Digital Eyes On Alaska
28 digital photographers shoot 11,000 pics on a cruise.

By Arthur Bleich

Armed with a variety of digital cameras, 28 photographers gathered in Vancouver, BC, during the early summer of 2003, primed to shoot images that would capture the essence of Alaska as they cruised northward through the majestic Inside Passage.

The panhandle section of the „last frontierš has a diversity of wonders. Craggy, snow-capped mountains sweep down to narrow fjords, eagles swirl through turbulent skies, whales splash noisily in the steel-gray waters, and glaciers creep relentlessly toward the sea. Russian priests still hold services in churches replete with gold icons for the descendants of Indians who converted to Christianity over a century ago. Tribal ceremonies, though, have been preserved and Native Alaskans still carve stunning wooden masks and impressive totems.

The photographers, aged 20 to 80, came from all over the United States and Canada to participate in a digital photography workshop sponsored by Digital Camera Magazine, Epson, Olympus, and Xlibris Publishers. There were engineers, legal secretaries, teachers, a financial advisor, waitress, doctor, librarian, dress patternmaker, ad agency art director, and others, all eager to get the kind of hands-on instruction that would lift their images out of the ordinary. Their cameras ranged from two megapixel, $200 point-and-shoots to six megapixel, $7,000-plus digital SLRs.

Participants attended intensive onboard lectures on technique and esthetics that quickly taught them how to see subjects in new and creative ways. They had access to Olympus ultra-zoom cameras when they needed them for wildlife and landscape pictures, and round-the-clock access to Epson printers. In the evenings, they sat in on critiquing sessions where digital images they had shot that day were projected on a large screen, allowing feedback from the instructor and their classmates.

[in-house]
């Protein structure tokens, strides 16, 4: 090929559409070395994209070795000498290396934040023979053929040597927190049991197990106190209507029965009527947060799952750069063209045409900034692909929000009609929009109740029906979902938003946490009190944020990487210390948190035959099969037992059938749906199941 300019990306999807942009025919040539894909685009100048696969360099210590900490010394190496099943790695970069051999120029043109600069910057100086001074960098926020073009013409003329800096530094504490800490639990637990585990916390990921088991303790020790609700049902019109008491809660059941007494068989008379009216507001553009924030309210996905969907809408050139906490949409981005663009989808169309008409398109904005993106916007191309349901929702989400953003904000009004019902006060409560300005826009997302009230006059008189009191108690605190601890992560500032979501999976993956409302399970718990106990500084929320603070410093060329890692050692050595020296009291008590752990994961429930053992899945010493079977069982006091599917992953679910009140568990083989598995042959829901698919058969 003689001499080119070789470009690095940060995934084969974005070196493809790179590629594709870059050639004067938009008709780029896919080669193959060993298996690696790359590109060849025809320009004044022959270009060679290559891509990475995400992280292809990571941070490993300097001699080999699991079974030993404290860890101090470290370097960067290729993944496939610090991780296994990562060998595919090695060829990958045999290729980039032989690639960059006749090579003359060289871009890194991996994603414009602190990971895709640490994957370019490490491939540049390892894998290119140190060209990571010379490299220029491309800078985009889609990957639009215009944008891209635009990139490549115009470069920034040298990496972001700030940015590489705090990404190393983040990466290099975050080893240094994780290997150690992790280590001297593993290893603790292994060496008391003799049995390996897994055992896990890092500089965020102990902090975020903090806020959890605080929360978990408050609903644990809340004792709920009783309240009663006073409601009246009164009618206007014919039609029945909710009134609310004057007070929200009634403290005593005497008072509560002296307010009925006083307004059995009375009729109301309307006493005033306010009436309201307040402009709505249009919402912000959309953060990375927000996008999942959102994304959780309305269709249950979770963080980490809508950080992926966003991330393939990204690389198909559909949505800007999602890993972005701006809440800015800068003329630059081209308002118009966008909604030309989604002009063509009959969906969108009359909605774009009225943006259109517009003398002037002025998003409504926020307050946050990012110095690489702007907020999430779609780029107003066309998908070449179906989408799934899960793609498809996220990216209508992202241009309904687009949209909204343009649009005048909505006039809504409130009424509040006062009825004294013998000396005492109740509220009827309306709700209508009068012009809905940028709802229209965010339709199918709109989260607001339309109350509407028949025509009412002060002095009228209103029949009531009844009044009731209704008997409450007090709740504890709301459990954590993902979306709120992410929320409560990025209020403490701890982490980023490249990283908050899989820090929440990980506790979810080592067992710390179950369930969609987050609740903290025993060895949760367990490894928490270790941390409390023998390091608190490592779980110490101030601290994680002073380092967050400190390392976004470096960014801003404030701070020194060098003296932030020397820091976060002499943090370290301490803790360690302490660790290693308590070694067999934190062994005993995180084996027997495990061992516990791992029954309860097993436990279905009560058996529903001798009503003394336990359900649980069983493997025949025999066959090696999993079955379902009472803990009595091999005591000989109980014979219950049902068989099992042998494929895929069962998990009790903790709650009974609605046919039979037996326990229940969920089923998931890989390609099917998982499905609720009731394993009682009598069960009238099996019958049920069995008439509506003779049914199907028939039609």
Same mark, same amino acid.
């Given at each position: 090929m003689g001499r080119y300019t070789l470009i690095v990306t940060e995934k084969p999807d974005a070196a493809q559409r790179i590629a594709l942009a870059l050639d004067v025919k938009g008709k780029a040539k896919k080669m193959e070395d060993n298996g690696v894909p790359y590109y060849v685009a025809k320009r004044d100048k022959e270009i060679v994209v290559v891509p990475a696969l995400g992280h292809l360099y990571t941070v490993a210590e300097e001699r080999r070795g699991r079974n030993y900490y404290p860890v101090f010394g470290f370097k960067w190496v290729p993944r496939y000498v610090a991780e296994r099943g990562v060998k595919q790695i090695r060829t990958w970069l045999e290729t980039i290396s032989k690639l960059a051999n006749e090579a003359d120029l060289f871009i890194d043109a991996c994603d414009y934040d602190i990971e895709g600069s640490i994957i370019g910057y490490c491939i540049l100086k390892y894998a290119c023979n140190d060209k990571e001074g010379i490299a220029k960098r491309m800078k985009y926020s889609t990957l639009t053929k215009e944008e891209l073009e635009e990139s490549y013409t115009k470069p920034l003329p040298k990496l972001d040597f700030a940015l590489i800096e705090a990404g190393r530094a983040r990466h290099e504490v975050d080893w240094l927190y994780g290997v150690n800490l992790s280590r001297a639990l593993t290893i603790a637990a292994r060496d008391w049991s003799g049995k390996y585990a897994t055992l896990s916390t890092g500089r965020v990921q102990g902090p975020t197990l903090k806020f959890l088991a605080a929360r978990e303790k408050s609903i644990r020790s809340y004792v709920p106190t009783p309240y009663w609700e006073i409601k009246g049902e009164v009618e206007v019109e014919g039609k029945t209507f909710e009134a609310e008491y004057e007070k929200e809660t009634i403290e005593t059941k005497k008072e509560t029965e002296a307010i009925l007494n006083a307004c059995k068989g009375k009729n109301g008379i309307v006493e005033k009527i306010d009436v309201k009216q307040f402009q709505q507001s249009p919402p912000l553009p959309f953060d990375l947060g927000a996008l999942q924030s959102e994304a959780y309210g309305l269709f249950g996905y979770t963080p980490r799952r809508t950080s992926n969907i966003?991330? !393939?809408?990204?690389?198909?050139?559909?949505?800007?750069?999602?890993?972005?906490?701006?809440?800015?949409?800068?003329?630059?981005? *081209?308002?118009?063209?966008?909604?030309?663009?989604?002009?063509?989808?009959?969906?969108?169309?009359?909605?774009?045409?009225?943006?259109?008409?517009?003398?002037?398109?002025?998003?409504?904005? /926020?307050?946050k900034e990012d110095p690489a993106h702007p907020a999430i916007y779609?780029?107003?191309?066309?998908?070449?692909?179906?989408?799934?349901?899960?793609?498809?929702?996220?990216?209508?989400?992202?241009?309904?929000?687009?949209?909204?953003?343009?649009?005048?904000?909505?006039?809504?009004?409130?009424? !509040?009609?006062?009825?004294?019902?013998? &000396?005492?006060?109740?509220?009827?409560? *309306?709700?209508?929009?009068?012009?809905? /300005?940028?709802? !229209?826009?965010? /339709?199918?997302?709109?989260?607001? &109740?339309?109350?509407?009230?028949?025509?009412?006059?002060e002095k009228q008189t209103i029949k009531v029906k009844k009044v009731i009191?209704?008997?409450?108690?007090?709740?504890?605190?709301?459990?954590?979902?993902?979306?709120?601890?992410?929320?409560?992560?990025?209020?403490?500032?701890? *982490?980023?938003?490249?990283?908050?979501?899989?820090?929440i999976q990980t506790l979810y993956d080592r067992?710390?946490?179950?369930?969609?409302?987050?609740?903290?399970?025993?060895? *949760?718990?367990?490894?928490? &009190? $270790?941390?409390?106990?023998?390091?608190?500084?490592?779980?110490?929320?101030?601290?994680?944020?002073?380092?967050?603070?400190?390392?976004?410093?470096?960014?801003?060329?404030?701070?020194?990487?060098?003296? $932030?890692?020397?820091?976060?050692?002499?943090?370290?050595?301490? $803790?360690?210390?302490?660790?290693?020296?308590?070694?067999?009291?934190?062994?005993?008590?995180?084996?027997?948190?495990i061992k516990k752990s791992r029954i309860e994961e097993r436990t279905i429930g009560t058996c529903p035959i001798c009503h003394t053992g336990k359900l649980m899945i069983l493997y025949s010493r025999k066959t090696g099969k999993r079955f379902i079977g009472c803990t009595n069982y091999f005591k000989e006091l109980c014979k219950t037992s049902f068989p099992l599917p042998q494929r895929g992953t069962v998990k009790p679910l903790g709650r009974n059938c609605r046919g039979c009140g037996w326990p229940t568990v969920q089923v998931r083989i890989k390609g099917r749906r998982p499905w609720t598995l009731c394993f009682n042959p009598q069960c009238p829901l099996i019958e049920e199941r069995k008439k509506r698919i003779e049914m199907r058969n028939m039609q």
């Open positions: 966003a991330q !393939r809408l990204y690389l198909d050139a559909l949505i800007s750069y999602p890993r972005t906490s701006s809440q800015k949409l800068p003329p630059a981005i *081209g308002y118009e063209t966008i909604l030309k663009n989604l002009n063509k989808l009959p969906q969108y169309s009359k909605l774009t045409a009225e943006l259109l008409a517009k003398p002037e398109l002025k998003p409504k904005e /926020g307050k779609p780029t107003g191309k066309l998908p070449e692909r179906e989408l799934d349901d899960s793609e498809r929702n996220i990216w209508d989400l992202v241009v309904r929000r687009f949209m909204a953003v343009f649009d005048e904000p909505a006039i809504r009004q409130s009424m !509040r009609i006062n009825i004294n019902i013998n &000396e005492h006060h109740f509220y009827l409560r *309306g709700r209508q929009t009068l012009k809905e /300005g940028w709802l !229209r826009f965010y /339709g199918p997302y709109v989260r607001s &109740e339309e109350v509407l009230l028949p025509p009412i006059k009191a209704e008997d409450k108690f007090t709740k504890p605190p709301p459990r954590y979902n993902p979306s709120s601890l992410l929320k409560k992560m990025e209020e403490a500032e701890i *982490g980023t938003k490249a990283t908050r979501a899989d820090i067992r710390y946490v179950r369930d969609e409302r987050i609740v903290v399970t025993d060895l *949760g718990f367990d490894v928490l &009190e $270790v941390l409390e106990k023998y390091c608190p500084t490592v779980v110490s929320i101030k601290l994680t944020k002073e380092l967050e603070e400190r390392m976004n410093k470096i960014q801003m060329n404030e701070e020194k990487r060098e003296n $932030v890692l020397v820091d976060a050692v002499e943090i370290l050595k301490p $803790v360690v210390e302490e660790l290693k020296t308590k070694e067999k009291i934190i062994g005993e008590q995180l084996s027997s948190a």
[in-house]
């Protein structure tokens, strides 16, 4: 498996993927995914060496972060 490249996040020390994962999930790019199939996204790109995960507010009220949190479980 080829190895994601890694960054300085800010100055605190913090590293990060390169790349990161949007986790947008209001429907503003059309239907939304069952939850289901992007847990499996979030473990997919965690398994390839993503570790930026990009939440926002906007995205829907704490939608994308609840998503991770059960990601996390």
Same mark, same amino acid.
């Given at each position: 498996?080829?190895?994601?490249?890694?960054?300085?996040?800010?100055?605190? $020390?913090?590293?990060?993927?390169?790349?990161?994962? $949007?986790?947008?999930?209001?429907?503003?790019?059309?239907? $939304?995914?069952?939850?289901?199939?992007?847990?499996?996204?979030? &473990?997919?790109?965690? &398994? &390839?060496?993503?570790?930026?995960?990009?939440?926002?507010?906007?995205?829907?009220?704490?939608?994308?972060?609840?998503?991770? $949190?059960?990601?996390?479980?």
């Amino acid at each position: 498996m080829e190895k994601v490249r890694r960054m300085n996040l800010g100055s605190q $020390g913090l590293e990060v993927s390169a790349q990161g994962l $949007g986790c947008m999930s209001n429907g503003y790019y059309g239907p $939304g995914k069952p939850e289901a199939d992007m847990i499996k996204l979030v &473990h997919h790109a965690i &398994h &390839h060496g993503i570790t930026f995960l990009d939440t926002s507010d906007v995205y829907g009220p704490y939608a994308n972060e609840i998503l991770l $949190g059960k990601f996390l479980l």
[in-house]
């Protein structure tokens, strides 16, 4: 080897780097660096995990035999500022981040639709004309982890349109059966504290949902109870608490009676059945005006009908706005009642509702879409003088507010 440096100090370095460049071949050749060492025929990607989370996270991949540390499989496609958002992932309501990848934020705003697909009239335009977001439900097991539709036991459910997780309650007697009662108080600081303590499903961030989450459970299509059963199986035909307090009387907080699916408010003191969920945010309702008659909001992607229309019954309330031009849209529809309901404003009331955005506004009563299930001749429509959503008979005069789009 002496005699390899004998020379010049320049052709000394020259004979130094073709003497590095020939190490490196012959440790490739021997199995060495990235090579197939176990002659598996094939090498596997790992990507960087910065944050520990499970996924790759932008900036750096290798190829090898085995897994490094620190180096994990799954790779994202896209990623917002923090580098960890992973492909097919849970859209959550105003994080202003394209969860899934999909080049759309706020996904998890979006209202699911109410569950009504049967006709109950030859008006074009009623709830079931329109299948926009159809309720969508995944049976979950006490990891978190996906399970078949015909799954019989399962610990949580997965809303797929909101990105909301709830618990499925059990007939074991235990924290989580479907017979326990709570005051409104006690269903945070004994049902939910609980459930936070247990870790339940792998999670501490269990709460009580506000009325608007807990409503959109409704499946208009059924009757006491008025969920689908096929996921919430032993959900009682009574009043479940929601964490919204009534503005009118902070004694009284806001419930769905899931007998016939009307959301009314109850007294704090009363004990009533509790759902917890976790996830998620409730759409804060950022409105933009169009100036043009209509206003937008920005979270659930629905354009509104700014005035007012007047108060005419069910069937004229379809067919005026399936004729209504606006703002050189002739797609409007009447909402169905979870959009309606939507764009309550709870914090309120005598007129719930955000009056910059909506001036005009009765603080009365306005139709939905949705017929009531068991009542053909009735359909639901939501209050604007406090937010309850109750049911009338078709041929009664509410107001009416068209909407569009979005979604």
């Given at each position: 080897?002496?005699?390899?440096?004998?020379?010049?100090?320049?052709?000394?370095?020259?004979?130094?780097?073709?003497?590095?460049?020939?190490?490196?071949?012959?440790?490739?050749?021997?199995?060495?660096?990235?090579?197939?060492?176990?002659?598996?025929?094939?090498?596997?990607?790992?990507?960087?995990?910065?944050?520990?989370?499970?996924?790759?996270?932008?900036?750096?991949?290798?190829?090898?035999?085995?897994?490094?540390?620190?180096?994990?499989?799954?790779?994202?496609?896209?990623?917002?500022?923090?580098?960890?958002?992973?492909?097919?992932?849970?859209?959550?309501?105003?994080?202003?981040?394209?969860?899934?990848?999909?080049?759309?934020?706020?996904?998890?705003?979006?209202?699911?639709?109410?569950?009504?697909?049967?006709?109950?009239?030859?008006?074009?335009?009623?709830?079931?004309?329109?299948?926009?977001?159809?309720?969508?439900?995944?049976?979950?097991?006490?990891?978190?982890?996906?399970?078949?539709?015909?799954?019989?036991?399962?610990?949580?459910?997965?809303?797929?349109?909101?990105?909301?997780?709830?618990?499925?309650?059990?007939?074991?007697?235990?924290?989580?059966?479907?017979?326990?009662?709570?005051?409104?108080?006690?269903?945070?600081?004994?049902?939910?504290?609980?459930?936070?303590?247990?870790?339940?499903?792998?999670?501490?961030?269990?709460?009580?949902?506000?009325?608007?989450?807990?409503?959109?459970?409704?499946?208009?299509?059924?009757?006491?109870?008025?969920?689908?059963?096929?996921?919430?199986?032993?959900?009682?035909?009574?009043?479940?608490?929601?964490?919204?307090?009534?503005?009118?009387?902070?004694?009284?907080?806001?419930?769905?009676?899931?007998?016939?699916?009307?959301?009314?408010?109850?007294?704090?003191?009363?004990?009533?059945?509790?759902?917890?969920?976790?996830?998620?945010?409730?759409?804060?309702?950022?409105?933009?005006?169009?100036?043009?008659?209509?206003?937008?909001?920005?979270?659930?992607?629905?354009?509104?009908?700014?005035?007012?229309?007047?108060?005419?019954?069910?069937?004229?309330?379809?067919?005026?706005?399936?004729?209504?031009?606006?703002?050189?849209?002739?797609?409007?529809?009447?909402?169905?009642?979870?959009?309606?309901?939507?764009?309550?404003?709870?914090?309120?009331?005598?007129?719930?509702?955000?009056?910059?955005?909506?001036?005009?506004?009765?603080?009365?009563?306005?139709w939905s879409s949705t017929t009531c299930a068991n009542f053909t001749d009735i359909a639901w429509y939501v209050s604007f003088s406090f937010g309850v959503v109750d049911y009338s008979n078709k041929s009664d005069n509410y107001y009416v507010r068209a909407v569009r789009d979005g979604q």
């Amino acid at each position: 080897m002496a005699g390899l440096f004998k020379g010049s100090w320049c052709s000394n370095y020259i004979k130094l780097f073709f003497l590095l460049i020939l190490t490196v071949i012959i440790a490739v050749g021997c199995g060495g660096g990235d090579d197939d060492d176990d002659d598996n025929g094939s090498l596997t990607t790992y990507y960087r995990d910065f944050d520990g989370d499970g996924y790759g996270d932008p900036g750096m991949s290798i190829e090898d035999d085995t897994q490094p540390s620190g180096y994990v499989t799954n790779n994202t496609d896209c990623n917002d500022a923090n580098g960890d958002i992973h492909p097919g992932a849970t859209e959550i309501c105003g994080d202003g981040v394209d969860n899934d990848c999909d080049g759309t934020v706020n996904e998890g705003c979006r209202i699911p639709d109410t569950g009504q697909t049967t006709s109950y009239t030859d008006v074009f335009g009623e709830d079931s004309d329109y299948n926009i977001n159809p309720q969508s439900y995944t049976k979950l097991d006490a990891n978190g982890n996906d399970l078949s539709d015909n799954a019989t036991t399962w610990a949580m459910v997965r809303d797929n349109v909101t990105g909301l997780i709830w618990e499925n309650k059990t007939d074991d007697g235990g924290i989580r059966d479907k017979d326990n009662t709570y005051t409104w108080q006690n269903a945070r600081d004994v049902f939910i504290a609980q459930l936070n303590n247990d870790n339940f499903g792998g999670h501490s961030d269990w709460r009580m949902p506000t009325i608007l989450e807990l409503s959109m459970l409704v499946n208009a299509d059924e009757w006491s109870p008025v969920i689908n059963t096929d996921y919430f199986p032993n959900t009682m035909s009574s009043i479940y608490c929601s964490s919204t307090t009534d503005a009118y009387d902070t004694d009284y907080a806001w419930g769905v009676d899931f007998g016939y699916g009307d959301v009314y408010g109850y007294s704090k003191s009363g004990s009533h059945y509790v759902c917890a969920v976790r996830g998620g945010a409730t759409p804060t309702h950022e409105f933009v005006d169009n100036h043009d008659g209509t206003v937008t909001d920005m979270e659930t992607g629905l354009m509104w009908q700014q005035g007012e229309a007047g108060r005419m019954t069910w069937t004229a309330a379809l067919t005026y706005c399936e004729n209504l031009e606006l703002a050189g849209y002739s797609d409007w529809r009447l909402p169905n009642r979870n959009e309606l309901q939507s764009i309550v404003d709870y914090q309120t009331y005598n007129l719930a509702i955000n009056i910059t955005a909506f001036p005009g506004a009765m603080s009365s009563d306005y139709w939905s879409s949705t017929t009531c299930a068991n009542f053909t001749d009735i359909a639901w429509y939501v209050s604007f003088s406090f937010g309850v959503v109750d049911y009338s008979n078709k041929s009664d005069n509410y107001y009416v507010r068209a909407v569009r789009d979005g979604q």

During their time ashore, attendees planned their activities and excursions according to their interests. Some meandered around town shooting local attractions while others took float planes, helicopters, and small boats to visit glaciers, remote mountain lakes, and isolated islands teeming with wild life. This gave the photographers a chance to exercise their own vision, putting into practice many of the techniques they had learned during class sessions.

The weather in Southeast Alaska was, as usual, rainy or overcast. Ketchikan, the ship‚s first port of call, gets socked with 180 inches of precipitation a year; Juneau and Sitka have nearly as much. But the overcast days were excellent for photographyŲ colors became richly saturated, and both faces and places took on a soft and lovely look. Scenery was almost mystical, as menacing cloud formations scudded across the sky, dipping down here and there to caress a favorite mountain, or skittering up windy channels like ethereal tumbleweeds.

Even though the photographers sometimes returned to the ship looking like drenched rats, they were happy rats, knowing they had photographed scenes out of the ordinary: magnificent ice-scapes, indigenous wildlife, bits and pieces of the small towns along the way, intimate shots of the people who lived and worked there, some wonderful examples of Native arts and crafts, and more.

What impressed most of the attendees was how quickly their work improved after they started putting some of the techniques they had learned onboard into practice. And moving out on their own, instead of in a group, got them out of the herd mentality, where everyone points cameras at the same subject, usually from the same viewpoint, resulting in look-alike images.

When the week-long voyage ended, more than 11,000 digital images were submitted for editing into a book (see Publish Your Own Photo Book) and the tough task of selecting 74 of the best began. Here are some of those pictures. Enjoy!

-Arthur H. Bleich (arthur@dpcorner.com) is a photographer, writer, and educator who lives in Miami. He does assignments for major publications both in the U.S. and abroad, and conducts online photo courses and digital photography workshop cruises. Visit his Digital PhotoCorner at <www.dpcorner.com>



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